Be comfortable enough to say everything.
Use your words, instead of acting out.
Re-experience your life story.
Make the unconscious conscious.
Be aware of obstacles and resistances.
Discharge tension constructively.
Metabolize your aggression, collaboratively.
Psychoanalysis is a process of self discovery as it unfolds within an intense therapeutic relationship. The psychoanalytic approach views symptoms and problems in daily life as manifestations of the patient’s inner-life, reflecting enduring patterns that developed to cope with earlier relationships or traumatic experiences. These patterns persist and determine the way the patient feels about himself, the way he attempts to get his needs met, and the way he interacts with other people. Current life situations trigger this old behavior and result in feelings and actions based in both the past and the present.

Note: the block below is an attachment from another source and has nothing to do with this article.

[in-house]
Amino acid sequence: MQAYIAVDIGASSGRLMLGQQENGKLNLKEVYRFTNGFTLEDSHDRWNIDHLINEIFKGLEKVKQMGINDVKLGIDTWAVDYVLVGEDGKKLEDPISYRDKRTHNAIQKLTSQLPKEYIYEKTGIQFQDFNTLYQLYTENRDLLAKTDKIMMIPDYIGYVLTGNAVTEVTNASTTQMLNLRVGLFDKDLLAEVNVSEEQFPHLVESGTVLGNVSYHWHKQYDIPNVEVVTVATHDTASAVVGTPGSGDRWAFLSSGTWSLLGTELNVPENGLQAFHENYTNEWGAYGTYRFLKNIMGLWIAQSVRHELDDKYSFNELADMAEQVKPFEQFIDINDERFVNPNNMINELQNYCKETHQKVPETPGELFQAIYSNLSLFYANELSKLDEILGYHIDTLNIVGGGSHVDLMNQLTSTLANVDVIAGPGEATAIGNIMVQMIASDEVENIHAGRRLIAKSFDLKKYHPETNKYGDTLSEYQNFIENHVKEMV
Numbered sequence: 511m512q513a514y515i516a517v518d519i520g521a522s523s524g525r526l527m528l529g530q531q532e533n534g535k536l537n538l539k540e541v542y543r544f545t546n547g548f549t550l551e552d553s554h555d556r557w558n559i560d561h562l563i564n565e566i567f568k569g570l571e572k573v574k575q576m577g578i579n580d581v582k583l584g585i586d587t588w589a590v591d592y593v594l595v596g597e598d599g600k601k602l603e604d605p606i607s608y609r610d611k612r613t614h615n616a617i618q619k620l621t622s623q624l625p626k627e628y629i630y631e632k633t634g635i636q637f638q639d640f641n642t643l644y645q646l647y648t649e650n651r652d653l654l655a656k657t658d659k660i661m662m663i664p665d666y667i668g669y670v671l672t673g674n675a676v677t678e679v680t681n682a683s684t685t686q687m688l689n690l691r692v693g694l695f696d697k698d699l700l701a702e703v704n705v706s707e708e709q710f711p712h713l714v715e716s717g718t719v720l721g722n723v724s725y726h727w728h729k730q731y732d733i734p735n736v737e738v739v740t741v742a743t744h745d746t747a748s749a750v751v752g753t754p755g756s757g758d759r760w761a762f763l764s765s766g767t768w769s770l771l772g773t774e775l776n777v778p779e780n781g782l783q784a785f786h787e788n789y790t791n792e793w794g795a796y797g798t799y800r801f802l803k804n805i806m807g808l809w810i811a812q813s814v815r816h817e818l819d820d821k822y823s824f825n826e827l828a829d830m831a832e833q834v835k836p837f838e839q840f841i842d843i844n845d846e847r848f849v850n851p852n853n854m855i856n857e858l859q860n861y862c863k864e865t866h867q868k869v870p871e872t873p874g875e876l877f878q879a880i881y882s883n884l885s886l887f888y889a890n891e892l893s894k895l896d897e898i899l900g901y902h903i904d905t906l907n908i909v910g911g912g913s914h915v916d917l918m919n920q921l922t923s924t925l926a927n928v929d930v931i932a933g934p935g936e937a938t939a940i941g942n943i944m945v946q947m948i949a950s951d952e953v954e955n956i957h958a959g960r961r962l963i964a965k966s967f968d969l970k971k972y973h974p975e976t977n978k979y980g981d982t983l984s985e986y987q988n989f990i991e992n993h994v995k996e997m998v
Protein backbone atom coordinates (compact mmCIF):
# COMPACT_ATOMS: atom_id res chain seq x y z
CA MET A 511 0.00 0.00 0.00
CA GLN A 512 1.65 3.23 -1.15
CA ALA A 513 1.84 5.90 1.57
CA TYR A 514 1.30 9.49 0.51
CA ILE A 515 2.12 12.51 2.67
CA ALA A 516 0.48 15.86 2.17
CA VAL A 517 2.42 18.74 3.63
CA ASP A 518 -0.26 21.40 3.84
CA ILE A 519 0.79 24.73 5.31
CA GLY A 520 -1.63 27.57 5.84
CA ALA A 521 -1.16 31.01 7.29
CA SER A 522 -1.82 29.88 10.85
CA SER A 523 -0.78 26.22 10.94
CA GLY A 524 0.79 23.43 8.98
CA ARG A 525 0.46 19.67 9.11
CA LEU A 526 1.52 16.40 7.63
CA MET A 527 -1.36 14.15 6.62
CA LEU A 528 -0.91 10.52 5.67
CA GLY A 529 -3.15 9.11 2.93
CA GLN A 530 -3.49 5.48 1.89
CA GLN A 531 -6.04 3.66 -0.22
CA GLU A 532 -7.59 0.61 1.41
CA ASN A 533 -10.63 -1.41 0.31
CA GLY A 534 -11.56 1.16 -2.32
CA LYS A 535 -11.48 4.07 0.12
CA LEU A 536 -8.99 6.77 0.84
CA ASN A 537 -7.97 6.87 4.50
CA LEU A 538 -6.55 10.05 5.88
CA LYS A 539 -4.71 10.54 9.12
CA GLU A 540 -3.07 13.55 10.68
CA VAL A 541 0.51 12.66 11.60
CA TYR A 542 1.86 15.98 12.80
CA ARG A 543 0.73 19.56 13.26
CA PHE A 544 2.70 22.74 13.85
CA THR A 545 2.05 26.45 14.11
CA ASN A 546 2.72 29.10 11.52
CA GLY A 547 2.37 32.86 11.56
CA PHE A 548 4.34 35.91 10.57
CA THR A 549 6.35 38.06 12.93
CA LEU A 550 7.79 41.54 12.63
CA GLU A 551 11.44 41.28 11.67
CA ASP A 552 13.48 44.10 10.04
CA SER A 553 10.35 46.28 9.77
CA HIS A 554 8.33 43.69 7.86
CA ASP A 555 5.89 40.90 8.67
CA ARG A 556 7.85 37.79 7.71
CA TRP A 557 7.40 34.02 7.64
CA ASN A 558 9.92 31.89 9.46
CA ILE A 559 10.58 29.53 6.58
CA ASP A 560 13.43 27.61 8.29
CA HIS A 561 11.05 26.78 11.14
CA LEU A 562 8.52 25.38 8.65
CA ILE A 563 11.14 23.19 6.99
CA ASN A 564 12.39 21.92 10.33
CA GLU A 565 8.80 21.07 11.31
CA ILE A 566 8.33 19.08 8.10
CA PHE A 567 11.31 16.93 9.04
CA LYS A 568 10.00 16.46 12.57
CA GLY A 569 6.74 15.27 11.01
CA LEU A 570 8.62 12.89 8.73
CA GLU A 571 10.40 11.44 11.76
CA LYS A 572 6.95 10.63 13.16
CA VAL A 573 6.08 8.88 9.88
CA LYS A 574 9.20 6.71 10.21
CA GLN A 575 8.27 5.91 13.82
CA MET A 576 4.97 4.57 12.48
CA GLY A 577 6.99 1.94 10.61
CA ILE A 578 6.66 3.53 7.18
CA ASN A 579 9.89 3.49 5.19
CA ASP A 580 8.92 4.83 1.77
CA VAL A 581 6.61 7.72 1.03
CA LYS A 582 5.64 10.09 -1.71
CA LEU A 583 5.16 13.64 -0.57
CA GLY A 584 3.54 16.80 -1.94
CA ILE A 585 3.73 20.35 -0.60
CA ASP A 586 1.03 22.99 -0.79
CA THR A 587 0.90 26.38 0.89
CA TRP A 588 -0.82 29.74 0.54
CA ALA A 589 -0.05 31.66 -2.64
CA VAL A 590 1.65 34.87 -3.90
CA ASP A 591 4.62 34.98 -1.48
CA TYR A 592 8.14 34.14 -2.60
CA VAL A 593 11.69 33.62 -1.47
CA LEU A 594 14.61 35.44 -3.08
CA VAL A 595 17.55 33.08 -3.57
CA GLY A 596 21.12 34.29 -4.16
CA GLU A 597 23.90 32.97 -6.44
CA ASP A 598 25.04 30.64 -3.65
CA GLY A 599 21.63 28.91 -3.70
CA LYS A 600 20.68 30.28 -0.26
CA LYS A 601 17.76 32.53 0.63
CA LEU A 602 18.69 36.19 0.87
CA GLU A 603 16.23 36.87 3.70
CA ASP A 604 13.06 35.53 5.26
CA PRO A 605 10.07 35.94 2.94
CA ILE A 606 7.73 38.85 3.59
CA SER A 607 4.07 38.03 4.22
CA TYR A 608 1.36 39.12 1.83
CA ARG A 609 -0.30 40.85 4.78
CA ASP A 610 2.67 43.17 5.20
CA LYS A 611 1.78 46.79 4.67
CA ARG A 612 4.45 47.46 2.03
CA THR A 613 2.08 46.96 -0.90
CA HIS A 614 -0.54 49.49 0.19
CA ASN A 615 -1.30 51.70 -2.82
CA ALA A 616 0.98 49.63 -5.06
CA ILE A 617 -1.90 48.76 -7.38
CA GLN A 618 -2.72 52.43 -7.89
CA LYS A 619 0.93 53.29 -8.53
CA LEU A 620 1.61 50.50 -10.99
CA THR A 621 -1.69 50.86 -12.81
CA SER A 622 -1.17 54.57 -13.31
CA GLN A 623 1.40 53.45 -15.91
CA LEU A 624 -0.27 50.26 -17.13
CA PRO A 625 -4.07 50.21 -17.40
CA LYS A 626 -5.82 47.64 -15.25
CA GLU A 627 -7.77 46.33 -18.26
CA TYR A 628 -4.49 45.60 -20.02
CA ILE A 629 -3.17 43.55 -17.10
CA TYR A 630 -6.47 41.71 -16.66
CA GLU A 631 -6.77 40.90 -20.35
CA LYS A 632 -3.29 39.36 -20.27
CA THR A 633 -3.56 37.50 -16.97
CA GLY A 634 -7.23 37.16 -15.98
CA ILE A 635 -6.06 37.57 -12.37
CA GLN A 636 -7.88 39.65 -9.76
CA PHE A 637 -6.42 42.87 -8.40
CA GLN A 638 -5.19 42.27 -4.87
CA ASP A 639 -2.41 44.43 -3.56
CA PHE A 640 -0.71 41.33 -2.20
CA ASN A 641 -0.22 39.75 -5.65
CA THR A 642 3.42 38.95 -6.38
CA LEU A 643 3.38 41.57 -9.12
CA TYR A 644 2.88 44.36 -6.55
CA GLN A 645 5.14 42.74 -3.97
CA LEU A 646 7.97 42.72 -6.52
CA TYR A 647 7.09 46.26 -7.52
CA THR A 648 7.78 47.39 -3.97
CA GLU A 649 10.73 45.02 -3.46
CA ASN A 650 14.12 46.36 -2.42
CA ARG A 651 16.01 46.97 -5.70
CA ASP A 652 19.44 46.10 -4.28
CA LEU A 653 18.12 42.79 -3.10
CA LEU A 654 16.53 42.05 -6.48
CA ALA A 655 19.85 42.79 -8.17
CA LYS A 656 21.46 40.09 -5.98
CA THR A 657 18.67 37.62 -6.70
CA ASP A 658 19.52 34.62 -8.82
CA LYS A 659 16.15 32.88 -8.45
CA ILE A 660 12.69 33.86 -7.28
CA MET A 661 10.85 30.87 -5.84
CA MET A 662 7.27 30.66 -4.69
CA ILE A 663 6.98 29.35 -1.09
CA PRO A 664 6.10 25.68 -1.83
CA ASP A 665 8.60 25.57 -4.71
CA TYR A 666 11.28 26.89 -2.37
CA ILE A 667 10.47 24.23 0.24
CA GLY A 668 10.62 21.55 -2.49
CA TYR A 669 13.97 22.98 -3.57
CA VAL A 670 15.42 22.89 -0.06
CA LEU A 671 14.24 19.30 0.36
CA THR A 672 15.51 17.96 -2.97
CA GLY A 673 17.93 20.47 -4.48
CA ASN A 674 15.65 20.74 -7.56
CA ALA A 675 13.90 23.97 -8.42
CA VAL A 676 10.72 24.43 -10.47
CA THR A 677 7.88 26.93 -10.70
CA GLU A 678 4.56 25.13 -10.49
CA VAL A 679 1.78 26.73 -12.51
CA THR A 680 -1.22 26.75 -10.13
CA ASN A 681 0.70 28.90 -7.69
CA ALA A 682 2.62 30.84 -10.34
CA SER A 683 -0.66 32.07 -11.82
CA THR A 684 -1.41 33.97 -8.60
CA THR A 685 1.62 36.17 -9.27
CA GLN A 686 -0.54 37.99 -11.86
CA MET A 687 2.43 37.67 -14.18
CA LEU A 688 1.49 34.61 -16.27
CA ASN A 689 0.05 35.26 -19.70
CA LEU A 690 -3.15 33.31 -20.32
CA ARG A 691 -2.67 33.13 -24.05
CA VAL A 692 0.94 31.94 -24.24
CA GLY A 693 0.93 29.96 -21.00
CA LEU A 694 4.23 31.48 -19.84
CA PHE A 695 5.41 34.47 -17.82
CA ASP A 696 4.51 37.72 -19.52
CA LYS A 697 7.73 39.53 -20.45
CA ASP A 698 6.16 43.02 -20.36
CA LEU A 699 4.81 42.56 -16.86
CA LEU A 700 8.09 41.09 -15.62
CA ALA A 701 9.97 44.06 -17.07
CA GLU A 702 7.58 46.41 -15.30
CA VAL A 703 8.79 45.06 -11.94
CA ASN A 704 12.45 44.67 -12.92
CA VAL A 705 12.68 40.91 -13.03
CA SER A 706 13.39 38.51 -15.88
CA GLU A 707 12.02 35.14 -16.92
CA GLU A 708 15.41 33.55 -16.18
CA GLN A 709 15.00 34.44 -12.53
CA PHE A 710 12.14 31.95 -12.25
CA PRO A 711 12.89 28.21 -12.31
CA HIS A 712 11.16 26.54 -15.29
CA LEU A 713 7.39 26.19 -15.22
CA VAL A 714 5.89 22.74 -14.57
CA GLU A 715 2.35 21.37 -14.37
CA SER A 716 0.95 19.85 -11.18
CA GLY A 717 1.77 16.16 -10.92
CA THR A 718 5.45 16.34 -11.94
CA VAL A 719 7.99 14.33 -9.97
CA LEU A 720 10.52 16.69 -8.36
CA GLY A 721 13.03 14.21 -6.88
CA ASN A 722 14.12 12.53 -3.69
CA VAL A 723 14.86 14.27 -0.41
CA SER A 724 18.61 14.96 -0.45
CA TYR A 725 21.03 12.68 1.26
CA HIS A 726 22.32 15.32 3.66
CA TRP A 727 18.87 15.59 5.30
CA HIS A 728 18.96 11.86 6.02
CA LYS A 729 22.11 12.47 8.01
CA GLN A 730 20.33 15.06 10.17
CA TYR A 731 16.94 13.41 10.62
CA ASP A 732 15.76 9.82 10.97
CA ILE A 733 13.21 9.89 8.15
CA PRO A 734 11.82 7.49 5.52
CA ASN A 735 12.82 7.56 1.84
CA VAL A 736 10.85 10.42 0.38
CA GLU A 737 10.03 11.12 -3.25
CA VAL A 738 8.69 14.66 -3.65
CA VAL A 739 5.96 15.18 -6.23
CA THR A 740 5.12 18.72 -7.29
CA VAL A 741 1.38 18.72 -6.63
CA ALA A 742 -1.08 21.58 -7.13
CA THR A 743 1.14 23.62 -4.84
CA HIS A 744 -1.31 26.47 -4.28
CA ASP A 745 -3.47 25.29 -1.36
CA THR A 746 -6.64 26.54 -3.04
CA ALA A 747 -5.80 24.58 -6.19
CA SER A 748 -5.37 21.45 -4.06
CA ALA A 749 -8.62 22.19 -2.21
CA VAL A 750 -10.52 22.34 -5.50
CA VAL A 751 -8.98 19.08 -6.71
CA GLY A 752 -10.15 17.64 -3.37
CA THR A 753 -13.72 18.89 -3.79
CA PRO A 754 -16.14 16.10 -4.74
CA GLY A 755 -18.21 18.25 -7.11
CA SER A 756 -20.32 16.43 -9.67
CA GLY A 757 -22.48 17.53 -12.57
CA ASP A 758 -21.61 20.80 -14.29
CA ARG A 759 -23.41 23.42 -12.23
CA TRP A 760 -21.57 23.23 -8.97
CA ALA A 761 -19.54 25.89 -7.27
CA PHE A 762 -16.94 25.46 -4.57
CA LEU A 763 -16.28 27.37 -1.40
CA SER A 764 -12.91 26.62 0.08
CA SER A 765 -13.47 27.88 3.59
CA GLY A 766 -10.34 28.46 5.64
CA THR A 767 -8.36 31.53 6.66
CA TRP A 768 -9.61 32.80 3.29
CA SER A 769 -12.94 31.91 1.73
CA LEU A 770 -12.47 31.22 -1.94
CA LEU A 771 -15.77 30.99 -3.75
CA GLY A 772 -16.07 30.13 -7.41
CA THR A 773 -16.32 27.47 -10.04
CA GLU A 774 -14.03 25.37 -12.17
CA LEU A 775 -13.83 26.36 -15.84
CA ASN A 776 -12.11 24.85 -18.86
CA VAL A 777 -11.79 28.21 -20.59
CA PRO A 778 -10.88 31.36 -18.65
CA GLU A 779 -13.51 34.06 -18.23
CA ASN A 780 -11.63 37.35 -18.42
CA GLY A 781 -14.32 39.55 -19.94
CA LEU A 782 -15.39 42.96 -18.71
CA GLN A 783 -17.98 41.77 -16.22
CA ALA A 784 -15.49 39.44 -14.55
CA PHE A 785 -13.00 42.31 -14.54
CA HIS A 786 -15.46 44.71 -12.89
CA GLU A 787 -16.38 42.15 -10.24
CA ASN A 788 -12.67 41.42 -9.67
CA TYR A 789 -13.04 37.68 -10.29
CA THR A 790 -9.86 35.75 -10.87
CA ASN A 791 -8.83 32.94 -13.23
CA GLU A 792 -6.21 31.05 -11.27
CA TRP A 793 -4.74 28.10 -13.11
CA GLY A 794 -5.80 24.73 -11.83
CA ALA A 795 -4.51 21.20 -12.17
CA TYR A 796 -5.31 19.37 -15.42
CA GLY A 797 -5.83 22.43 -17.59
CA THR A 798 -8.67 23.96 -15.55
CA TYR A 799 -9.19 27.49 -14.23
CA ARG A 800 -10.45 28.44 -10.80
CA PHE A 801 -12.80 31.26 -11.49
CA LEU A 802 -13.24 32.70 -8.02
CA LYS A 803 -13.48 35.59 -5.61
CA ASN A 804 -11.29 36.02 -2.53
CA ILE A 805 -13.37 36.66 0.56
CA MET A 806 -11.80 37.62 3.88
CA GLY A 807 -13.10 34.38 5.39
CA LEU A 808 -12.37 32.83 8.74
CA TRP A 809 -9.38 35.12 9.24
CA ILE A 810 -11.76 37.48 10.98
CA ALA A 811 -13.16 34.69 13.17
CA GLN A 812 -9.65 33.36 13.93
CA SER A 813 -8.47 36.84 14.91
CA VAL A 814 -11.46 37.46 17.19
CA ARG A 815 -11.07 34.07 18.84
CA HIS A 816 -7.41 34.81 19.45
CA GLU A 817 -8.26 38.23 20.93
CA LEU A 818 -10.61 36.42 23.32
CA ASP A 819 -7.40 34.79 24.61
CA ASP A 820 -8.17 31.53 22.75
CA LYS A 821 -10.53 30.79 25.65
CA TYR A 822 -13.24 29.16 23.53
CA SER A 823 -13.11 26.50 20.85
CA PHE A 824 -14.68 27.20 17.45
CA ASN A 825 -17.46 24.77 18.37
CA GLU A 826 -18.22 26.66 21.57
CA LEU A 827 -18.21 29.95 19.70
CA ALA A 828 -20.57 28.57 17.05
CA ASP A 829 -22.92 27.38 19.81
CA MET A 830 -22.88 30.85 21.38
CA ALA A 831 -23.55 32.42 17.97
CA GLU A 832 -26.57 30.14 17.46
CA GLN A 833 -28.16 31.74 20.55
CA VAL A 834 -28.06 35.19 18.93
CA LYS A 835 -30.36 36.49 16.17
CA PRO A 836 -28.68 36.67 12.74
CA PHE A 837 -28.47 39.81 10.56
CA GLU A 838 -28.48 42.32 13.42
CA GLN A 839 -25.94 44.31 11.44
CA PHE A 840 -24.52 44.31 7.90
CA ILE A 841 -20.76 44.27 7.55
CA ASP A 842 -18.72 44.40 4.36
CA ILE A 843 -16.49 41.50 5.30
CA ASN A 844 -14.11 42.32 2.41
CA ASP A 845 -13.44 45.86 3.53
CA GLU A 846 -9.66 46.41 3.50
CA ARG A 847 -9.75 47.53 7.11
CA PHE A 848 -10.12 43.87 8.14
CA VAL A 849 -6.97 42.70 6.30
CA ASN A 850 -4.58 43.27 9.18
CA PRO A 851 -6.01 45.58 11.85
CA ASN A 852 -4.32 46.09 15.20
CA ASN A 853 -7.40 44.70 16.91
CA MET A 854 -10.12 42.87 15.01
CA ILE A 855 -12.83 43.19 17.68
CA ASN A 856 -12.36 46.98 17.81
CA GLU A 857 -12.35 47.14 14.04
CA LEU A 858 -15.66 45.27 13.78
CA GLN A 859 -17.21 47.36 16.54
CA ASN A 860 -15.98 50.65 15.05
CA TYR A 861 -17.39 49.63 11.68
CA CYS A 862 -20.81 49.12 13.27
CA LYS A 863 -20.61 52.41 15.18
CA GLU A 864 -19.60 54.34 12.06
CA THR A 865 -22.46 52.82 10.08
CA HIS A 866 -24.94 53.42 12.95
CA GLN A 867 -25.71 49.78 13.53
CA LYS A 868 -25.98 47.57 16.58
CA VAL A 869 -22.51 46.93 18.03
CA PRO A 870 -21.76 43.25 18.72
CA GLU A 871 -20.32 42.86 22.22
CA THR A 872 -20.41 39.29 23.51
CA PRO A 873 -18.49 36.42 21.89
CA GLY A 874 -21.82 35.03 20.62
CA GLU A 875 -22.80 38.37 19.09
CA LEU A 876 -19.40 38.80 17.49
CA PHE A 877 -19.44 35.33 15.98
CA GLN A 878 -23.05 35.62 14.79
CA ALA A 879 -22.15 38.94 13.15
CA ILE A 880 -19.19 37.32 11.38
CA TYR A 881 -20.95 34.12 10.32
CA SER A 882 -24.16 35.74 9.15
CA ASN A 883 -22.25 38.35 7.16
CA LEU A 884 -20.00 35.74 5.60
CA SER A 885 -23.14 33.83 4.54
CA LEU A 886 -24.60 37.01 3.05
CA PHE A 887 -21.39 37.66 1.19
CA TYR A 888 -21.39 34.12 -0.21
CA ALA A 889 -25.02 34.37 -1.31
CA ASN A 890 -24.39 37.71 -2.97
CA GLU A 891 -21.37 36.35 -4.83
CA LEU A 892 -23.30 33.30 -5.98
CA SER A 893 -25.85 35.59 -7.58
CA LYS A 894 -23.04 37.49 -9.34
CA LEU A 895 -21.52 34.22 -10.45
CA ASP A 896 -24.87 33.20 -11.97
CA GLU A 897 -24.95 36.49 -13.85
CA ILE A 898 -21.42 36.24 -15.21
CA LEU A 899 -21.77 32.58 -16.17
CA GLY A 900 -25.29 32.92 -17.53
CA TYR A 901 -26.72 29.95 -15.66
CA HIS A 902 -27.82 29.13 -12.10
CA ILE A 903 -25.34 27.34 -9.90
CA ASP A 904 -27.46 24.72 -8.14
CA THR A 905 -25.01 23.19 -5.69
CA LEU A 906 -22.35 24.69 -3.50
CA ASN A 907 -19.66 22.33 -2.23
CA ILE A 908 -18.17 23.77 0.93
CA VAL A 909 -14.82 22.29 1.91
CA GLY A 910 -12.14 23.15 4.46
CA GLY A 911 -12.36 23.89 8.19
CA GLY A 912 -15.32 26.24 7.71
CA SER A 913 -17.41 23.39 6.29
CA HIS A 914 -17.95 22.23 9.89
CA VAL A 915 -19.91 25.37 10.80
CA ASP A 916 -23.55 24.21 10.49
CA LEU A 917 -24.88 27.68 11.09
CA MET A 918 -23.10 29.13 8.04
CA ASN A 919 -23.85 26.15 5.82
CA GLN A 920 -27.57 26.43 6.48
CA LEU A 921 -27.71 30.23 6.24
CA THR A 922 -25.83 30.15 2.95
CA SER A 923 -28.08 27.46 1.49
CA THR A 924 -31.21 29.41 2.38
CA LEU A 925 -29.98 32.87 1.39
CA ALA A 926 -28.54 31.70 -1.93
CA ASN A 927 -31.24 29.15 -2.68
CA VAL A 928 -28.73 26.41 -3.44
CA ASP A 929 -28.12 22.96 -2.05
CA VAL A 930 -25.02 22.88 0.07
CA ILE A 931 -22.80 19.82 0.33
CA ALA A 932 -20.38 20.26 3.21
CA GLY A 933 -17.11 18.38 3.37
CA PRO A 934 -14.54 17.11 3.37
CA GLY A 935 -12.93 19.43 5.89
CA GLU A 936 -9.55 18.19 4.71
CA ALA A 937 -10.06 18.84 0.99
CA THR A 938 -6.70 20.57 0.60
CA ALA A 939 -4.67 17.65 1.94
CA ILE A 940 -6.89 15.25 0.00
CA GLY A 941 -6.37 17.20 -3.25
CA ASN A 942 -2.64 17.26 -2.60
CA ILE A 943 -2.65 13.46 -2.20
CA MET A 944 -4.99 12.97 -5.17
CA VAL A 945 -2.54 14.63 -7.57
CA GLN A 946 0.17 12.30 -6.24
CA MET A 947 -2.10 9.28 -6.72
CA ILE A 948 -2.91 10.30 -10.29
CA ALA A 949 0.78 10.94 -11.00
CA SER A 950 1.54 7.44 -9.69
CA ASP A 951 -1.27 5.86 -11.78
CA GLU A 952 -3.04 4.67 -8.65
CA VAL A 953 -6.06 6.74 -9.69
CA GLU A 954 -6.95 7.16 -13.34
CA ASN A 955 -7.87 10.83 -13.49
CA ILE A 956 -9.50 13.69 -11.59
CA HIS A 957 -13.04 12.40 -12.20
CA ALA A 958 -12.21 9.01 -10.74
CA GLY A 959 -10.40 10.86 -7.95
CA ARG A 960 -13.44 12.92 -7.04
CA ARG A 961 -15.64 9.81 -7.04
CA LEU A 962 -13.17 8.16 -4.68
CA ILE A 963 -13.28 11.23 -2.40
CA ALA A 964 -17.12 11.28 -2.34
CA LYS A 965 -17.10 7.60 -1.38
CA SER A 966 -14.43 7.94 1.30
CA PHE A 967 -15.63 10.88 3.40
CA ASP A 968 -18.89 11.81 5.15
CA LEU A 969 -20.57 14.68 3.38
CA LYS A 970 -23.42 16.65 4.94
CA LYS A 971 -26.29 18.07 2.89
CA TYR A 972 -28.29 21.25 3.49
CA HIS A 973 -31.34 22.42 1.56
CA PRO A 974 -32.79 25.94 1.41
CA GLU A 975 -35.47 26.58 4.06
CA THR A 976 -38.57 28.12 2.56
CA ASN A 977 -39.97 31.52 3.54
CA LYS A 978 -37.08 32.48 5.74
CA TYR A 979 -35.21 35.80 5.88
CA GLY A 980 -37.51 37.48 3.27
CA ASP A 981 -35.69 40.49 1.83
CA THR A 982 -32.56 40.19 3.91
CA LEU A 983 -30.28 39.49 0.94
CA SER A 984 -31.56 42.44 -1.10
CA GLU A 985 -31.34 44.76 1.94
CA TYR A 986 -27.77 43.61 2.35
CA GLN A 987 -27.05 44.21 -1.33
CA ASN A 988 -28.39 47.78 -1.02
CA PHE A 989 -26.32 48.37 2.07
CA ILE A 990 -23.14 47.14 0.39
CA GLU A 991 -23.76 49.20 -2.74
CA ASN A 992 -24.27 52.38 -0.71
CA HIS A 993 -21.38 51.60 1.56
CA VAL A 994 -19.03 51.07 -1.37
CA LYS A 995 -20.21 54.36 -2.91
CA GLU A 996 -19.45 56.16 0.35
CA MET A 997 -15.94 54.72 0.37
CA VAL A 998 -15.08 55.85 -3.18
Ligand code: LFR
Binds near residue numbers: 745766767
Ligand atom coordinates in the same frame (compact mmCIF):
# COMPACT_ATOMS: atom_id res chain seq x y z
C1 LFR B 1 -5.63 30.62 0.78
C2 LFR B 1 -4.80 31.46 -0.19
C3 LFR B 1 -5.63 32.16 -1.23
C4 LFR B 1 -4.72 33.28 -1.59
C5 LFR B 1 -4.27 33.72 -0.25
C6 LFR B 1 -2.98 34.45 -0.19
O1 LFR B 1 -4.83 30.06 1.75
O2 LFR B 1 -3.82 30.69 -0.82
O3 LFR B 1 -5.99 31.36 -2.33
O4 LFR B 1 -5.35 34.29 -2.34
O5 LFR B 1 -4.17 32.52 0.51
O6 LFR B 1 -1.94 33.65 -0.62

Freud developed the method of free association in which the patient is to say whatever comes to mind without censoring or amending the flow of memories or ideas. Because of the unconscious tendency of a patient to transfer emotions derived from significant relationships of early life to the therapist, the therapeutic relationship serves as a matrix in which new editions of old conflicts can be created, explored, and resolved. This relationship serves as a window into what goes well and what goes wrong in the patient’s other relationships. The therapist is not solely “hearing” about what causes the patient’s problems, but is rather experiencing them first hand in the therapy session.
Psychoanalytic therapy provides an effective treatment for a range of emotional disorders. Insight into past unconscious conflicts, as well as the experience of re-creating and then resolving those conflicts within the analytic relationship, are what makes the psychoanalytic approach effective and enduring. In this profound regard, it differs from most other therapies in focusing on the deep rooted change in one’s personality and emotional development. It is important to remember that “healing is profoundly more than a reversing of symptoms.”